(Submitted December 01, 1996)
Where can you find Sagittarius in the sky on winter and summer nights?
And how do I know when I've found it?
Sagittarius is a summer constellation --- the best time of the year is
August to see it at 9pm. Sagittarius is also a Southern constellation:
if you're in North America, it can be seen roughly towards the south
and will not rise very high on the sky.
You can find out the shape the stars in Sagittarius make
Some people have likened this shape to a tea-pot, which might help you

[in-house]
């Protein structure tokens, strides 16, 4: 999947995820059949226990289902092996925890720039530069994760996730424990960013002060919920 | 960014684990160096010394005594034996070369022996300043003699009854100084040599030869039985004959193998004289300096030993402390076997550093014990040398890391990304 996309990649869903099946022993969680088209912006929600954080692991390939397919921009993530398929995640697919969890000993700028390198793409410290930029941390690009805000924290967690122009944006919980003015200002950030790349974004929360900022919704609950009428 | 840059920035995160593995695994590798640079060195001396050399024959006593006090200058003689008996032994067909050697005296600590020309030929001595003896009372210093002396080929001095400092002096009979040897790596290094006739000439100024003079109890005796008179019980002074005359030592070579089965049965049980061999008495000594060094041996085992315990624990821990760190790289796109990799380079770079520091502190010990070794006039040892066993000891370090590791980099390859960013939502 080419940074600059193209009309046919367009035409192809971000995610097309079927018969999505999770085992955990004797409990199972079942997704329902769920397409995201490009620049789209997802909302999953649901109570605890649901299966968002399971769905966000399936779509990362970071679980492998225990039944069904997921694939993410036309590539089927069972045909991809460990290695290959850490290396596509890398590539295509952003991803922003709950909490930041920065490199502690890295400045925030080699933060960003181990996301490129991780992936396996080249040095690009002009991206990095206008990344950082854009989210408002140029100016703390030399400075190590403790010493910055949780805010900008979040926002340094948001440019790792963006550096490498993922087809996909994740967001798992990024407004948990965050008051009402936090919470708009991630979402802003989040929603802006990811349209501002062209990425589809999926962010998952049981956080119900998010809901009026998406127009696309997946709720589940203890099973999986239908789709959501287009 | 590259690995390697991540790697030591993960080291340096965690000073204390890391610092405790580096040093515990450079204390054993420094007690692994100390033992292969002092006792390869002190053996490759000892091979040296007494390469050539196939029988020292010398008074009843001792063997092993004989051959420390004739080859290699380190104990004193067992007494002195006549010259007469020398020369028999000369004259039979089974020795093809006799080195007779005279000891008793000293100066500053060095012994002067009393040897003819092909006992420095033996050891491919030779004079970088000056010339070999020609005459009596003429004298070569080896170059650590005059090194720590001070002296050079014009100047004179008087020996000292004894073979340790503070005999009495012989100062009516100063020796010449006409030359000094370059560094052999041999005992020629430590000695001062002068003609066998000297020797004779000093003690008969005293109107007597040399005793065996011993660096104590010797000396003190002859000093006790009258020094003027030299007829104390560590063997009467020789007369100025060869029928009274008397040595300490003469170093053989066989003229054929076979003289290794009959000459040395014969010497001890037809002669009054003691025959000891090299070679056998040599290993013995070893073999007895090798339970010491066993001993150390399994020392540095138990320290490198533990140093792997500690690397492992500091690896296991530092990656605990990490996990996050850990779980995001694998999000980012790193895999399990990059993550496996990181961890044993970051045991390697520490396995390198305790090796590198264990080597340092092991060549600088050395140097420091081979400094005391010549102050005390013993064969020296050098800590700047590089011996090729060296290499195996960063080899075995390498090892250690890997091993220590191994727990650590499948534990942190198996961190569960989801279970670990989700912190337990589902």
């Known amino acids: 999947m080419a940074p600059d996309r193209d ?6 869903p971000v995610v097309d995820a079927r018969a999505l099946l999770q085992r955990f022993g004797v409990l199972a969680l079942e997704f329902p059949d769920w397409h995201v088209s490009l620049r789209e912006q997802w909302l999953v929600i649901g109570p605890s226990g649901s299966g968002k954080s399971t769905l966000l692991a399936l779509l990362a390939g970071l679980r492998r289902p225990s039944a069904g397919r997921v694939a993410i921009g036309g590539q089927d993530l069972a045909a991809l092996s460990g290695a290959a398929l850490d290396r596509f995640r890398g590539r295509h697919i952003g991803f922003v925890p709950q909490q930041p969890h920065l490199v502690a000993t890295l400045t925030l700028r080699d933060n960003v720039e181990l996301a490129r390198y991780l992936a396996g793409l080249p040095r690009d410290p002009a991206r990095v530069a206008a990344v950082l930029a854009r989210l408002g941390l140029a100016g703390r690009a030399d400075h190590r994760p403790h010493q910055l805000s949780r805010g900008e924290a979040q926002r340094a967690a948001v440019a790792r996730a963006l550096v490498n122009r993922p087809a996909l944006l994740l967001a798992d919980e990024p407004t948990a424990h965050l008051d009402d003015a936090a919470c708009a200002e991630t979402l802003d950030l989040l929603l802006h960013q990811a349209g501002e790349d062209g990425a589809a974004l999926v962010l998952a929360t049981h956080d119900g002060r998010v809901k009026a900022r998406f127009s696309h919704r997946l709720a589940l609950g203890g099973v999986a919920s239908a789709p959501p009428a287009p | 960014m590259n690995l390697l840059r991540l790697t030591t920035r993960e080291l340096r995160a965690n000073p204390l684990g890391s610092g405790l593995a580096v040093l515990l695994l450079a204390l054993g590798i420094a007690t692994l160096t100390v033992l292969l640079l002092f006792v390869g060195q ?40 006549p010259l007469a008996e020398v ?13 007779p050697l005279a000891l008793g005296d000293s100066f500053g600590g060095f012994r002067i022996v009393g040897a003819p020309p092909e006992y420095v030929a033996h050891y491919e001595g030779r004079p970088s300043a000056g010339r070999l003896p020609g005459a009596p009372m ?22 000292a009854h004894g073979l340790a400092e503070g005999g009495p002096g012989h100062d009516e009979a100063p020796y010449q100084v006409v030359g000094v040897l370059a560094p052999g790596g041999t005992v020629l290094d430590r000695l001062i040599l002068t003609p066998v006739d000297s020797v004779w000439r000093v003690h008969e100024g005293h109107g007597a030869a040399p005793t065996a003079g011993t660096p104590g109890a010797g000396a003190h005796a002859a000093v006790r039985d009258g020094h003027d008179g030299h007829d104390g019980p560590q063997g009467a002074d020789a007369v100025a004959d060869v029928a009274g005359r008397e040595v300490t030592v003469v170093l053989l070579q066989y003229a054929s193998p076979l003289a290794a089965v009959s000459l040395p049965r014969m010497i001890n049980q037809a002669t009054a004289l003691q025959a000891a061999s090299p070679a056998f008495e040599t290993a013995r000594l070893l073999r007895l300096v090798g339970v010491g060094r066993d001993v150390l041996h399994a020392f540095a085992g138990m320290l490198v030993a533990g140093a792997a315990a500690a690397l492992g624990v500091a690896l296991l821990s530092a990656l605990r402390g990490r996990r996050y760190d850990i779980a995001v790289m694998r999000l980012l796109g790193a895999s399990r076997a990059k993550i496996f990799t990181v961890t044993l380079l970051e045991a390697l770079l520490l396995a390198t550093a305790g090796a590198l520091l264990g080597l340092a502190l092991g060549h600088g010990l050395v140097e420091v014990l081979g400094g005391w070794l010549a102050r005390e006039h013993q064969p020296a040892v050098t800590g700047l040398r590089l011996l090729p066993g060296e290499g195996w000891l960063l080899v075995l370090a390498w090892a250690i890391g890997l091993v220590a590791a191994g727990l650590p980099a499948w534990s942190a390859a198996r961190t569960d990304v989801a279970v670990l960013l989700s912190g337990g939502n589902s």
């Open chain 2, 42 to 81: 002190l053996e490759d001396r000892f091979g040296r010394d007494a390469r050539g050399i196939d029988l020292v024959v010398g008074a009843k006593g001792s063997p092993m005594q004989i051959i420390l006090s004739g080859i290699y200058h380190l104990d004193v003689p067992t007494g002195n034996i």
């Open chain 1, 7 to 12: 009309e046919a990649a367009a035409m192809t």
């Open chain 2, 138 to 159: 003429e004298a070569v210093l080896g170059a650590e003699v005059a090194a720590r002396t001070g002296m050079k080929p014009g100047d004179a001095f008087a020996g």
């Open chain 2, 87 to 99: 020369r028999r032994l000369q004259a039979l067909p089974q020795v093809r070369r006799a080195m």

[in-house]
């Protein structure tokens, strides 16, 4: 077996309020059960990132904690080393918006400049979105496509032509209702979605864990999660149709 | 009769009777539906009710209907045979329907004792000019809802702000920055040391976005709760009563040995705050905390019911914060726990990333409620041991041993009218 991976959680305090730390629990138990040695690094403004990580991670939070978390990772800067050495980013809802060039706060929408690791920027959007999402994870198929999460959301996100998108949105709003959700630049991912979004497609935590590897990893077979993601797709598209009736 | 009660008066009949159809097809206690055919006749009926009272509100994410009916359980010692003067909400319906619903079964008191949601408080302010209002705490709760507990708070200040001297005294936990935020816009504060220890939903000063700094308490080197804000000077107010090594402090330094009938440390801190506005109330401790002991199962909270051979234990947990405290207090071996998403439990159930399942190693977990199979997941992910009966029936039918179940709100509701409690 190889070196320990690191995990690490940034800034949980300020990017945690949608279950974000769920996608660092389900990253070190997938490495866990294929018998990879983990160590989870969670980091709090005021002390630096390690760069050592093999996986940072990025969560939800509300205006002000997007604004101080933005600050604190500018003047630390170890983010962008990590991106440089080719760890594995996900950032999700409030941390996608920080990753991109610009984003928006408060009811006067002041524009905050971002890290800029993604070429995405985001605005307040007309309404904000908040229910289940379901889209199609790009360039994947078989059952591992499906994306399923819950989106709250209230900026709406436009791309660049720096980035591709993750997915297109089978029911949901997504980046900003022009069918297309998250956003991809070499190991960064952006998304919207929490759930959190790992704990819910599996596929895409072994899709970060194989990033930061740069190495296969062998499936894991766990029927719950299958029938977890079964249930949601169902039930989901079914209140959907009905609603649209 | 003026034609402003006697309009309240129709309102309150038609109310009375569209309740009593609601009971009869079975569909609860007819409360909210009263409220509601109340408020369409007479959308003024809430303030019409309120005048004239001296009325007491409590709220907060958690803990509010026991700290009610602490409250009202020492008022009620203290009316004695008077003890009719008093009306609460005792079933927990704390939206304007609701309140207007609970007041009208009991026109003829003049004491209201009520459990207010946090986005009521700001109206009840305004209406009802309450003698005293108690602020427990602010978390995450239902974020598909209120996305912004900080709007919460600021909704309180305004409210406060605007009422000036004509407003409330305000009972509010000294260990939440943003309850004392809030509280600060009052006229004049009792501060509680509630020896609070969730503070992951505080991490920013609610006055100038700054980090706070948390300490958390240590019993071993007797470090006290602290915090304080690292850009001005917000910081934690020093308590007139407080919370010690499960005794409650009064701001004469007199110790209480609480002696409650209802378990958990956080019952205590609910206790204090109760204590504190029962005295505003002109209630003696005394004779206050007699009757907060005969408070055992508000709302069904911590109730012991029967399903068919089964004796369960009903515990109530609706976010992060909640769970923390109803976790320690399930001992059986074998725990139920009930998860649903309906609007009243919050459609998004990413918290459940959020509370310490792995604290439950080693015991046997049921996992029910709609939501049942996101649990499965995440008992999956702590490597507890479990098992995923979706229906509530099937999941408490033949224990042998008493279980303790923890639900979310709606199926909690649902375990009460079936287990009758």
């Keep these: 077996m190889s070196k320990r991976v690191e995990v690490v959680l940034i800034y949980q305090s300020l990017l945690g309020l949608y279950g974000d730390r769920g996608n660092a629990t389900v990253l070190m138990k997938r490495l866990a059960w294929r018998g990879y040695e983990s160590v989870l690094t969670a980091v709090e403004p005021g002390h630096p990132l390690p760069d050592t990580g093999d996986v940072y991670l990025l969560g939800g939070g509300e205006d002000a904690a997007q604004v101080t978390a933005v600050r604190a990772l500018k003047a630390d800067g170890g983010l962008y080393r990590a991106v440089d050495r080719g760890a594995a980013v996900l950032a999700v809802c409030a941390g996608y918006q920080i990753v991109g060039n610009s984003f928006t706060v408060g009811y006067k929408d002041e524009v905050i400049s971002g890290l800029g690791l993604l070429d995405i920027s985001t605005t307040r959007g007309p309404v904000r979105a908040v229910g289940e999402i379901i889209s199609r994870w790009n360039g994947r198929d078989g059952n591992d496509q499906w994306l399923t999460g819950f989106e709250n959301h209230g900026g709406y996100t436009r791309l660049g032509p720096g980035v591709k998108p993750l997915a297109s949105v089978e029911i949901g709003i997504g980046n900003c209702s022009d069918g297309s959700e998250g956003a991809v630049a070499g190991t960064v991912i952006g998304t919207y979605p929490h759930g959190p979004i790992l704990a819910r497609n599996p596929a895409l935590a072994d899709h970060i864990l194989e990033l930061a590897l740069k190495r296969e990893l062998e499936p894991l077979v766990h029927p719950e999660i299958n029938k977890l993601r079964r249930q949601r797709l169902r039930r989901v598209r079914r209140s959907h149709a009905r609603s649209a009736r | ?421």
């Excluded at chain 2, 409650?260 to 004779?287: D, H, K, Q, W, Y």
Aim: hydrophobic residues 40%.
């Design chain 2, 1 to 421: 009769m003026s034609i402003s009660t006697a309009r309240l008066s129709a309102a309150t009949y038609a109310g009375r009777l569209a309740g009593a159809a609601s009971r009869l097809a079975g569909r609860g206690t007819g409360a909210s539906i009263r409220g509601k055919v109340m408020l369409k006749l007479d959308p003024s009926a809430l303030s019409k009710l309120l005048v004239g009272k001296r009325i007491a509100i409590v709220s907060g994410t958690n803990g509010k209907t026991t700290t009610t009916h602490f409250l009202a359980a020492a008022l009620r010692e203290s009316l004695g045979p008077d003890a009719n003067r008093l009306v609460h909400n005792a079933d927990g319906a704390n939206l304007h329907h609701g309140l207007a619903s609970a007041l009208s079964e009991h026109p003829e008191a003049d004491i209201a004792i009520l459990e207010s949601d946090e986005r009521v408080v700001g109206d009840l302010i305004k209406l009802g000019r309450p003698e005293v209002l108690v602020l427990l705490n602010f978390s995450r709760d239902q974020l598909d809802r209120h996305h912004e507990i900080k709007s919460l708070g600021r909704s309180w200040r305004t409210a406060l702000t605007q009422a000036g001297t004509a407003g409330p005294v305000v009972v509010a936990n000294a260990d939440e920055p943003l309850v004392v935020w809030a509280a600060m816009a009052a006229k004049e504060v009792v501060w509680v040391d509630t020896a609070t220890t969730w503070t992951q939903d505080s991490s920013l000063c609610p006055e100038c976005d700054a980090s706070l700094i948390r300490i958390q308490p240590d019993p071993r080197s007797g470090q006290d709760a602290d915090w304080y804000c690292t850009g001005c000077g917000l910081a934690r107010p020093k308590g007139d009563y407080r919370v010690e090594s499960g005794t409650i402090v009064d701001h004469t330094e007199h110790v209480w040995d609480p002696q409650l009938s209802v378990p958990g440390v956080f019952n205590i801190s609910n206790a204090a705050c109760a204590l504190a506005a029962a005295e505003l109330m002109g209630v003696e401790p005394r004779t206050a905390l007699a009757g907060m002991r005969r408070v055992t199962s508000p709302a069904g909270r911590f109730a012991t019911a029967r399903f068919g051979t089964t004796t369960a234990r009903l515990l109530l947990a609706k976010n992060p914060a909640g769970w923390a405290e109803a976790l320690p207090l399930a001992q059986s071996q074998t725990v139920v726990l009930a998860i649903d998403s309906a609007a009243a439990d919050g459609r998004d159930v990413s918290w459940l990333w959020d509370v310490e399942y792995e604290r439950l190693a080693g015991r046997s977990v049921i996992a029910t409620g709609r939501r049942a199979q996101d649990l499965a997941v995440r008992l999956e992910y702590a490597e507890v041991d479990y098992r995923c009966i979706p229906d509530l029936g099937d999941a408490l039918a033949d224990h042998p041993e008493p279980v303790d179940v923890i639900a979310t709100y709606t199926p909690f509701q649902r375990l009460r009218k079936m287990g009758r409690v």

remember once you've seen a picture. If you're not familiar with the
summer sky, you might want to start by locating the neighboring constellation,
Scorpius, which I find is easier to spot, then look to its left.
- by checking it at
- by buying a planisphere (star wheel)
- by looking up a magazine like "Sky & Telescope" or "Astronomy".
- or by buying a book on stars and constellations.
Hope this helps,
for Imagine the Universe!
Questions on this topic are no longer responded to by the "Ask an Astrophysicist" service. See http://imagine.gsfc.nasa.gov/docs/ask_astro/ask_an_astronomer.html
for help on other astronomy Q&A services.